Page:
Unless you have lived under a rock for the last decade or so, you are well aware that auto insurance companies are aggressively seeking your business for insurance on your car. In fact this industry has become one of the biggest spenders when it comes to marketing and advertising budgets. Since Geico began its campaign pushing the slogan “15 minutes can save you up to 15% on car insurance”, the other large auto insurers have been scrambling to cater to the price-centric population as well. However, is this marketing strategy focused on price really effective in gaining new customers or should these insurers spend more time and money focusing on better service?
Insurance Price Wars Cost Billions Each Year
McKinsey & Company completed the 2012 U.S. Auto Insurance Buyer Survey which revealed the staggering amount of money that the auto insurance industry spends on marketing each year, targeting mostly new customers based on price comparison. In 2011, the personal lines insurance carriers spent almost $6 billion in advertising, with four of the largest insurance brands making the top 50 list of marketing expenditure for all companies in the U.S. Geico, the biggest spender, even beat out McDonald’s in marketing dollars. The other three, Progressive, Allstate and State Farm all spent more than other big marketing brands such as Coca-Cola, Apple and Visa.
Since 2002, the amount of money spent on advertising in the personal insurance carrier industry has tripled, yet not many gains have been made within many of these companies. Over half the money spent by the entire industry in the last decade, $19 billion, was by carriers that have not seen an increase in market share. This may be due to the fact that only 30% of auto insurance buyers are overly concerned with price, yet this is the faction of the public that advertising is geared toward.
The Need For More Focus On Retention And Customer Service
Oddly enough, considering the large amount of money spent on advertising for new customers, auto insurance policy holders generally stay with their carriers. In 2011, the industry had an impressive 91% retention rate, meaning few customers are actually switching carriers. However, this does not mean that they wont leave if they are offered a better price or feel their service is sub-parr. 18% of these retained customers are not necessarily truly loyal to the company they are with, they just have not had enough incentive to decide to leave.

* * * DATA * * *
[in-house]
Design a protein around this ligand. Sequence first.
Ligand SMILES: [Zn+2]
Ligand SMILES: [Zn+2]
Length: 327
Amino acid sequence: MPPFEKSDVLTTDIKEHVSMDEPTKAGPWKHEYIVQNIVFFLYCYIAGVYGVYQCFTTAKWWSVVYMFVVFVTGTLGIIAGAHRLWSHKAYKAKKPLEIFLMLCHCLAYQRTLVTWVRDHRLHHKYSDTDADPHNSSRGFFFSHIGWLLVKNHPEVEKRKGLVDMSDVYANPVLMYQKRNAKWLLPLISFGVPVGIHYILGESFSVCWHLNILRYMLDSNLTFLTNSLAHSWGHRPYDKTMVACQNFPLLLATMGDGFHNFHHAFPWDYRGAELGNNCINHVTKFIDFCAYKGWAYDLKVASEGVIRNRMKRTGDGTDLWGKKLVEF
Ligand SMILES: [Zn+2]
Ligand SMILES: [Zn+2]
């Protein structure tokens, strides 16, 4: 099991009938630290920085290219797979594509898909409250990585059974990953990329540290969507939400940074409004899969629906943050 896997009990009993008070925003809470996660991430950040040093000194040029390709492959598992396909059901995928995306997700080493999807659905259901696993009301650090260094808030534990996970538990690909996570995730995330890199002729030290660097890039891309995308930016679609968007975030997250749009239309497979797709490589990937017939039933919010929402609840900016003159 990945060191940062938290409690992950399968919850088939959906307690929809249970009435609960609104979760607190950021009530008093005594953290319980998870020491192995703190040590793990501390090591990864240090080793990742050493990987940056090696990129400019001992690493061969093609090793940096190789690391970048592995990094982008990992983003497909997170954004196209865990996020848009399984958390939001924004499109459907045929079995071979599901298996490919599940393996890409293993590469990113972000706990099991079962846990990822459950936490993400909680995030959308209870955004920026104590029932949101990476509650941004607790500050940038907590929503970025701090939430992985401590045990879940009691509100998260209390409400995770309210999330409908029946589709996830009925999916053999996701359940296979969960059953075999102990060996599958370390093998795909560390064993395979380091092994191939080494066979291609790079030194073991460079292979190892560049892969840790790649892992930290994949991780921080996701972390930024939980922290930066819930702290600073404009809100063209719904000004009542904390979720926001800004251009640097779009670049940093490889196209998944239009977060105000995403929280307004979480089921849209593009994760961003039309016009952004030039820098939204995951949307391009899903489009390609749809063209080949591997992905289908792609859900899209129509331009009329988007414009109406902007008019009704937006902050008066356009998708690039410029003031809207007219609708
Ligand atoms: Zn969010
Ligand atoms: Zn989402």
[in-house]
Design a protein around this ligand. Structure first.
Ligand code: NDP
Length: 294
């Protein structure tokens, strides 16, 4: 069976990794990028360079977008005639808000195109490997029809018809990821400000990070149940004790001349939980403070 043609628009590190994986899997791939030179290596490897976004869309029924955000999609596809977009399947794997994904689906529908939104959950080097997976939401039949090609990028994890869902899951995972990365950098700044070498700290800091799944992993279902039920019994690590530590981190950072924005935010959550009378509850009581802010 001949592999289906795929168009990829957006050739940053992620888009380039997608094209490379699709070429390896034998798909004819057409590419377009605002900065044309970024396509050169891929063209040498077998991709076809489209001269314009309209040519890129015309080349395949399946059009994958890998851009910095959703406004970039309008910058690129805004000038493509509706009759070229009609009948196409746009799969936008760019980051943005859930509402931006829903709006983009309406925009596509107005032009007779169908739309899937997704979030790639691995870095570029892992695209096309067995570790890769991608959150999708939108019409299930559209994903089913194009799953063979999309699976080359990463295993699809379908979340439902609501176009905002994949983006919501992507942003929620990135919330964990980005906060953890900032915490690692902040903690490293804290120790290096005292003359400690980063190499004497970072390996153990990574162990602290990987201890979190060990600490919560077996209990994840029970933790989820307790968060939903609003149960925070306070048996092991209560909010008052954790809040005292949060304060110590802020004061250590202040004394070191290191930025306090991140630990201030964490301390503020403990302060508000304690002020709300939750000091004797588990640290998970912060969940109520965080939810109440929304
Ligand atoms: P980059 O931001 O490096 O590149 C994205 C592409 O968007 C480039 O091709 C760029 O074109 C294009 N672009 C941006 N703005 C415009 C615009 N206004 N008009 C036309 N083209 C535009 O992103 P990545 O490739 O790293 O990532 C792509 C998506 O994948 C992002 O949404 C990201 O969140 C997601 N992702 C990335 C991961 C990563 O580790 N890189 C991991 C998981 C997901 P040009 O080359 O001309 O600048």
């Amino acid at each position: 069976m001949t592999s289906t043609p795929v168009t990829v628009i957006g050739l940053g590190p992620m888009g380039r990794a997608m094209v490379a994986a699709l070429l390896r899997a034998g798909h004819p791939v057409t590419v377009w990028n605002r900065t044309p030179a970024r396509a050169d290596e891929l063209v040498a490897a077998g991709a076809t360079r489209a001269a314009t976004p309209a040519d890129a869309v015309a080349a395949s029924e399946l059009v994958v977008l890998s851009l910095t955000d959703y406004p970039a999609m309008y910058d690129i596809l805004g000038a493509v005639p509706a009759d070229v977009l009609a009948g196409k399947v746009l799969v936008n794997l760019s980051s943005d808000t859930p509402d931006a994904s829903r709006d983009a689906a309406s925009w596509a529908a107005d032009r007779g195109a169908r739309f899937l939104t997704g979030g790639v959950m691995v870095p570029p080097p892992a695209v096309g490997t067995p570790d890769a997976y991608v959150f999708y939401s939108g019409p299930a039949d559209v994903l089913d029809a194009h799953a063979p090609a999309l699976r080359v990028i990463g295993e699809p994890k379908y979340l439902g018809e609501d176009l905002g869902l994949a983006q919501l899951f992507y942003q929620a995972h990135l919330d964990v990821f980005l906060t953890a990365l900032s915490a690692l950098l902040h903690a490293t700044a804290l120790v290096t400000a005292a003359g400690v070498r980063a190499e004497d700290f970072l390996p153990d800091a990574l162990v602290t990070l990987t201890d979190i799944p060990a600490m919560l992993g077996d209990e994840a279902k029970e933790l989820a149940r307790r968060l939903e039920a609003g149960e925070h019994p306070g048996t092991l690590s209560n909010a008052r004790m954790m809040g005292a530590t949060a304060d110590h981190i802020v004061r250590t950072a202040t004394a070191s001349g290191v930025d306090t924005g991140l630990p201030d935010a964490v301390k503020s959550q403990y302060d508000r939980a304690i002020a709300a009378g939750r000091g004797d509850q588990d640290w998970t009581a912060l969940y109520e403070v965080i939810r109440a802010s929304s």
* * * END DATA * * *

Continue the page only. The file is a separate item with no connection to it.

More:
Since 70% of the insurance customer base is not focused solely on price and tends to stay with their carriers long-term if they are satisfied, it would seem that auto insurance companies would spend more effort on trying to keep these customers satisfied. This comes with increased customer service, an efficient claim process and fair payments for claims. With some of these companies wasting $500 million a year in aggressive advertising toward carrier-hoppers only concerned with price, it seems that more money could be spent instead on improving their service. It may take a portion of these retained customers leaving for a company that invests in service instead of constantly trying to gain price-shopping consumers to change the way the industry spends their time and efforts.